Lady Sings the Blues is a mostly typical music bio in that it's one of those classic “rags-to-riches-to-total self destruction” stories. No matter how many times I’ve seen this kind of tale, if the lead performance is dynamite, I’ll buy in. I don’t know how much of it is actually true but it’s still a doozy of a rollercoaster ride. After being raped as a girl, Billie took the only jobs that seemed to be available for a young black woman during The Depression: a cleaning woman and a prostitute. She eventually talked her way into singing in a little smokey nightclub where she meets her dream man, Louis (Williams), and catches the attention of a couple of white musicians who take her on the road to build up her name and also turn her on to drugs. The film seems to be more fascinated with Billie’s messy and ugly personal life than her voice, which most experts rate as one of the most seminal and important of the twentieth century. As Billie climbs the stardom ladder she is met with racism and humiliation, with her devoted but frustrated husband Louis lending support. (Though he comes off as Mr Wonderful here, it’s been reported that in real life Billie’s husband was just as much of a creep as the other men who exploited her. Ironically he was a technical advisor for the film, which may explain the whitewash.) Billie continues to sing her way to the top, but she falls deeper and deeper into heroine addiction. Her only friend appears to be her piano player (real life junkie Pryor, excellent here in a supporting role). Of course Pryor would reveal his own special kind of genius later with his two landmark concert films, Richard Pryor Live in Concert and Richard Pryor Live on the Sunset Strip. Hospital stays, arrests and even true love aren’t enough to end the torture for Billie. Though she does have a triumphant Carnagie Hall comeback show, it’s still a story of another legend dying young.Continue Reading
Situated somewhere in the middle of two closely related movie trends of the 1970s - the "All-Star Cast Disaster Movie" (The Poseidon Adventure, The Towering Inferno, Earthquake) and the "Terrorist Disaster Movie" (Two-Minute Warning, Skyjacked, Black Sunday) - Rollercoaster from 1977 nestles nicely in its own netherworld, not realizing that the genre was running out of steam (Beyond The Poseidon Adventure anyone?). Although the "Disaster Movie" would continue to reemerge in Hollywood for decades under new guises (Independence Day, 2012, Dante’s Peak, etc.), its Golden Age was really when a guy like George Kennedy or Charlton Heston was at the rudder and stars from Hollywood’s Golden Age were still available to be carted in on their wheelchairs to make an appearance and collect their checks. Rollercoaster did manage to dig up a couple of legends (Richard Widmark and Henry Fonda) and a sorta cult name actress (Susan Strasberg, maybe more famous as the daughter of Actor’s Studio guru Lee Strasberg), along with a pair of '70s names (George Segal and Timothy Bottoms). Director James Goldstone, whose most important credit may actually be the second pilot of the Star Trek TV series, manages to employ some Alfred Hitchcock cat-and-mouse tricks to generate suspense and give a dying genre a last gasp of breath.
To think that Bottoms started the decade off with two great movies (The Last Picture Show and The Paper Chase), in Rollercoaster he plays “Young Man,” a zombie-like psycho who is blowing up rollercoasters around the country in order to extort a million dollar ransom from the companies that own the parks. After an explosion on a rollercoaster, ride-inspector Harry Calder (Segal) is the first to figure out that this was no accident. He’s a regular guy with a teenage daughter (Helen Hunt, in her first movie) whom he often pawns off on his girlfriend (Strasberg), and a deep anti-authority complex, to the chagrin of his hateful boss (a brief Fonda clearly trying to up his SAG pension numbers). Bottoms makes Segal his point man as he threatens more bombings and the FBI joins him, with the angriest FBI head-man of all time (played by the one time great Widmark, who just spews intensity here) who seems to hate Segal even more than Fonda. The highlight is an intense scene in an amusement park, as Segal is forced to deliver money to Bottoms and instead ends up carrying a bomb onto a coaster. It all leads to Segal having to argue with the dumbbells in charge of the investigation and a showdown with the terrorist who looks to ruin the upcoming 4th of July festivities at one of the many possible amusement parks in America (and he does end up slightly disrupting the big Sparks concert at Six Flags Magic Mountain).Continue Reading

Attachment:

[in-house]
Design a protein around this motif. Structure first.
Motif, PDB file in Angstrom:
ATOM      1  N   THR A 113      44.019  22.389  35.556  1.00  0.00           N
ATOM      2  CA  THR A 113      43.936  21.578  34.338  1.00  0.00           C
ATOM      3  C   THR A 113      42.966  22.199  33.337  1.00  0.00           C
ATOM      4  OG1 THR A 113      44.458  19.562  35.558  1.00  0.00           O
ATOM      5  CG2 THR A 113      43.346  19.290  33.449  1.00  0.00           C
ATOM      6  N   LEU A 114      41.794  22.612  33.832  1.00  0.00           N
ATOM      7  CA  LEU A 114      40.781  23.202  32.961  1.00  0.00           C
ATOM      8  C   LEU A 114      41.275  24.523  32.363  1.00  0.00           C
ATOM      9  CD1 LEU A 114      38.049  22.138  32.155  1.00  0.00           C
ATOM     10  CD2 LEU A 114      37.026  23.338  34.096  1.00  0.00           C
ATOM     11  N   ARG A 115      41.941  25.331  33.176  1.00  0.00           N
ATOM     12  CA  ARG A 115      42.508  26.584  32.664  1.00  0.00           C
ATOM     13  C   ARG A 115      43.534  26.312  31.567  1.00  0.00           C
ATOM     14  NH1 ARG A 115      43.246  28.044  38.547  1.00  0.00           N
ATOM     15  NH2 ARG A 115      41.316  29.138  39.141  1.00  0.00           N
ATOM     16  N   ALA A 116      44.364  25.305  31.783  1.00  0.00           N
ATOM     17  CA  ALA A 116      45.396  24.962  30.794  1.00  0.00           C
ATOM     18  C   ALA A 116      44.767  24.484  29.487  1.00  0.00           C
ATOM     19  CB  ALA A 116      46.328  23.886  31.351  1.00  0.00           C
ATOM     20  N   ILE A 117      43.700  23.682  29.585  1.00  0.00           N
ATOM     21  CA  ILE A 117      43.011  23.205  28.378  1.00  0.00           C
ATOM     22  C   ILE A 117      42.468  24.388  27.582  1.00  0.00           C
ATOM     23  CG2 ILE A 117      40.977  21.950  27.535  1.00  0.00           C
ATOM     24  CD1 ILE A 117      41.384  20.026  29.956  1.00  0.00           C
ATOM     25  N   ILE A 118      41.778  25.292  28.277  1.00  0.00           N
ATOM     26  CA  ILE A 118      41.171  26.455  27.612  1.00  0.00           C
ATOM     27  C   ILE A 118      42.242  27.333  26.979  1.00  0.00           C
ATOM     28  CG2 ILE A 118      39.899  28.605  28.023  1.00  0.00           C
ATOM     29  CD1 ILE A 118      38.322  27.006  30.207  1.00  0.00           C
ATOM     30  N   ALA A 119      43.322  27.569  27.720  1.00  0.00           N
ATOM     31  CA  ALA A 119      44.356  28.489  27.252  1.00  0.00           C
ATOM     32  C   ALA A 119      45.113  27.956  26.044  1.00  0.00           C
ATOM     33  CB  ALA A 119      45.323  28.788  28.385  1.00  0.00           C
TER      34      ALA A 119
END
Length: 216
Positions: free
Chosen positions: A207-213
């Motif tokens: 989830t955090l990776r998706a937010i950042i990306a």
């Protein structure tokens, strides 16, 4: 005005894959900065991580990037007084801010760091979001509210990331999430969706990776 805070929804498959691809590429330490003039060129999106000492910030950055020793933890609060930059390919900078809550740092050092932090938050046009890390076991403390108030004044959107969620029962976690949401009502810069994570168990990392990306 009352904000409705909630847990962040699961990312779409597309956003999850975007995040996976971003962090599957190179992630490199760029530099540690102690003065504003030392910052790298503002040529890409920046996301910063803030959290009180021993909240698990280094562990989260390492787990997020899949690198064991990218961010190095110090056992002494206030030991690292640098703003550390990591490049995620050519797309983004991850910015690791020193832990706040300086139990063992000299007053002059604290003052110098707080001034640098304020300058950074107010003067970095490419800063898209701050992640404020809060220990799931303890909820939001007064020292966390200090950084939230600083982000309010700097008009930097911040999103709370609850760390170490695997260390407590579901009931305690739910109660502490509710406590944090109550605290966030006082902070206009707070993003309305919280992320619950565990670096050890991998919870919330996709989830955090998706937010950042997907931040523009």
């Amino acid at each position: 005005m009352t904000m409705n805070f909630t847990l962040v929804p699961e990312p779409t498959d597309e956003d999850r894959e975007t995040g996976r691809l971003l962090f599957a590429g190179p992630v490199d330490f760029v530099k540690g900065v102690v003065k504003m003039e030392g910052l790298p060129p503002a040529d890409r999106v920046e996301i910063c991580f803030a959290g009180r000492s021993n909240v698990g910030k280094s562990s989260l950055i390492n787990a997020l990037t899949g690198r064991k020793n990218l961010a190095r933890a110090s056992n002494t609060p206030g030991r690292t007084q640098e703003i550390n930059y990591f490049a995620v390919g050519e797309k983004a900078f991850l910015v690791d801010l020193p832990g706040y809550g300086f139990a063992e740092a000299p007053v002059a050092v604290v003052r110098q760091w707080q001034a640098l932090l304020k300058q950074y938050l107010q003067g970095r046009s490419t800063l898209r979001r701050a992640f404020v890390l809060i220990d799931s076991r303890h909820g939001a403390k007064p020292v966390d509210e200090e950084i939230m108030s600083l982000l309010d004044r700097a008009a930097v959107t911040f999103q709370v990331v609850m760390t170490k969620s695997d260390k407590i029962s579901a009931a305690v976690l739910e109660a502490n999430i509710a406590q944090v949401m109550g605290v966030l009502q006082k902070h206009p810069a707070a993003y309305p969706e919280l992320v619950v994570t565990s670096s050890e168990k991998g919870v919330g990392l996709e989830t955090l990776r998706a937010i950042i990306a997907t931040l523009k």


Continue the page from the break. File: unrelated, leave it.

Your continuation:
The Punk Singer
Cults can be wonderful, as The Punk Singer—Sini Anderson’s admirably idolatrous celebration of punker Kathleen Hanna—makes clear. Hanna always inspired a devoted few and it never seemed to matter if her fundamentalist fervor, totally understandable hypocrisies, or bratty indifference to anything more politically nuanced than “Suck My Left One” made her look simplistic to outsiders who wondered what the fuss was about. Hanna’s fans did not care and honestly I salute them. As The Punk Singer makes clear, once the Riot Grrrl movement got national media attention and some stories were written that Hanna’s band Bikini Kill disapproved of they reacted with a media blackout. They stopped talking to journalists because it was assumed they couldn’t be trusted to “get it.” As one of her next band’s (Le Tigre) songs went: “It’s just a joke man; it’s just an interview. You wouldn’t get it; I guess this shit is too new.”
Well, yes and no. Though little is said about the punk front women who preceded the punk of The Punk Singer, there were tons! Where to begin? Ari Up, Poly Styrene—it would be useless to even attempt to cover those bases here. But suffice to say Hanna worshipped those women even if the film about her doesn’t credit them for blazing a trail for her to follow. Still, Hanna was undeniably captivating right from the start. She looked great and she made people uncomfortable which is a really good combination for anyone fronting a rock n’ roll band.Continue Reading